A sign outside the U.S. Department of Labor headquarters

The U.S. Department of Labor has fined an Alabama company $117,175 for child labor violations after a 15-year-old Guatemalan fell to his death on the job in 2019.

(Photo: Ed Brown/Wikimedia Commons)

As GOP Erodes Child Labor Laws, Alabama Roofer Fined Just $117K for Teen's Worksite Death

"It's unconscionable that roofing companies hire 15-year-olds," said one labor expert—but in state after state and even at the federal level, lawmakers are rolling back restrictions on teen workers.

Workers' rights advocates on Wednesday decried a meager fine for an Alabama contractor that illegally employed a 15-year-old boy who died on the job, a move that came amid a push by Republicans at the federal and state level to roll back child labor protections.

The U.S. Department of Labor fined Pelham, Alabama-based Apex Roofing & Restoration $117,175 in civil penalties for violation of child labor laws resulting in the July 1, 2019 death of a 15-year-old Guatemalan worker during his first day on the job in Cullman, 50 miles north of Birmingham.

The teen—who could not be identified because he was a minor—fell through insulation and plunged 35-50 feet to his death on a concrete floor inside the building on which he was working, according to a Cullman Tribunereport at the time.

The Labor Department's Wage and Hour Division found that the company's employment of the teen violated a provision of the Fair Labor Standards Act that prohibits workers under the age of 18 from doing dangerous jobs including roofing or construction.

"Apex Roofing risked the life of a child by employing him to work on a roof in violation of federal child labor laws, leaving relatives and friends to grieve an unnecessary and preventable tragedy," Wage and Hour Administrator Jessica Looman said in a statement.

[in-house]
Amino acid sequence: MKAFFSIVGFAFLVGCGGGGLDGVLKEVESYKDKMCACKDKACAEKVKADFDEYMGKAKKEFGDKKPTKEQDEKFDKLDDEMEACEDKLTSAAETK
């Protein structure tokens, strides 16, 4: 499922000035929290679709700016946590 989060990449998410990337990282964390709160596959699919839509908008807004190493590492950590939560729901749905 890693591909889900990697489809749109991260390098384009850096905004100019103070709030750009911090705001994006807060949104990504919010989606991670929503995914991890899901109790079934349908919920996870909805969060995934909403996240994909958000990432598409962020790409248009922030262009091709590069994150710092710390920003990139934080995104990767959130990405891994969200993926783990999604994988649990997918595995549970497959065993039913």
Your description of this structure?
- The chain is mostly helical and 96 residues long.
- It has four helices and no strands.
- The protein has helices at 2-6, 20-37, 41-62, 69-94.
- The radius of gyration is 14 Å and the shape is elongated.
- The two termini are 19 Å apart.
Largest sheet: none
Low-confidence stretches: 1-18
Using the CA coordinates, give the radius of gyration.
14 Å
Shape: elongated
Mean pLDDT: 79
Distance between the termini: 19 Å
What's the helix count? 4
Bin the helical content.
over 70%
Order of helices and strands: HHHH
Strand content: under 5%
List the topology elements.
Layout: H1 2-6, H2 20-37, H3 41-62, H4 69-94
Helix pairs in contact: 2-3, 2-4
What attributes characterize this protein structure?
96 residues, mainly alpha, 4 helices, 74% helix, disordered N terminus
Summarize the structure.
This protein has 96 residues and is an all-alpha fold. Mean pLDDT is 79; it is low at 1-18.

The Labor Department action came shortly after the Alabama Policy Institute, a right-wing think tank, published its annual agenda. The document advocates rolling back limits on 14- and 15-year-olds in the workplace.

An Apex Roofing spokesperson told Common Dreams:

We at Apex Roofing & Restoration are truly heartbroken by the senseless death of a minor at a job site in 2019. The tragic incident occurred when a subcontractor's worker brought his sibling to a worksite without Apex's knowledge or permission.

Apex has a long-standing policy prohibiting any form of child labor. In addition, since that accident, Apex has implemented a number of measures to further strengthen job site security and safety. Our hearts are with this family and any family who suffers a loss.

Common Dreamsreported last year that congressional Democrats implored the Labor Department to act following a Reuters investigation that found dozens of chidren as young as 12 years old—most of them Central American migrants—working in Alabama and Georgia factories supplying the Korean auto giant Hyundai.

Across the country, Republican state lawmakers have been advancing legislation to remove restrictions on child labor, despite several high-profile workplace deaths of minors.

At the federal level, Sen. James Risch (R-Idaho) and Rep. Jared Golden (D-Maine) last year introduced a bill that would allow 16- and 17-year-olds to work in the logging industry.

Major corporations including McDonald's, Costco, Starbucks, Amazon-owned Whole Foods, and PepsiCo have said they're taking steps to tackle child labor in their supply chains, The New York Timesreported Wednesday.

Whole Foods said in a statement that it has "been actively evolving our focus on the risk of migrant child labor domestically."

According to Labor Department data, the number of minors employed in violation of child labor laws soared by 283% from 2015 to 2022. Over that same period, the number of minors employed in violation of hazardous occupation orders rose 94%.

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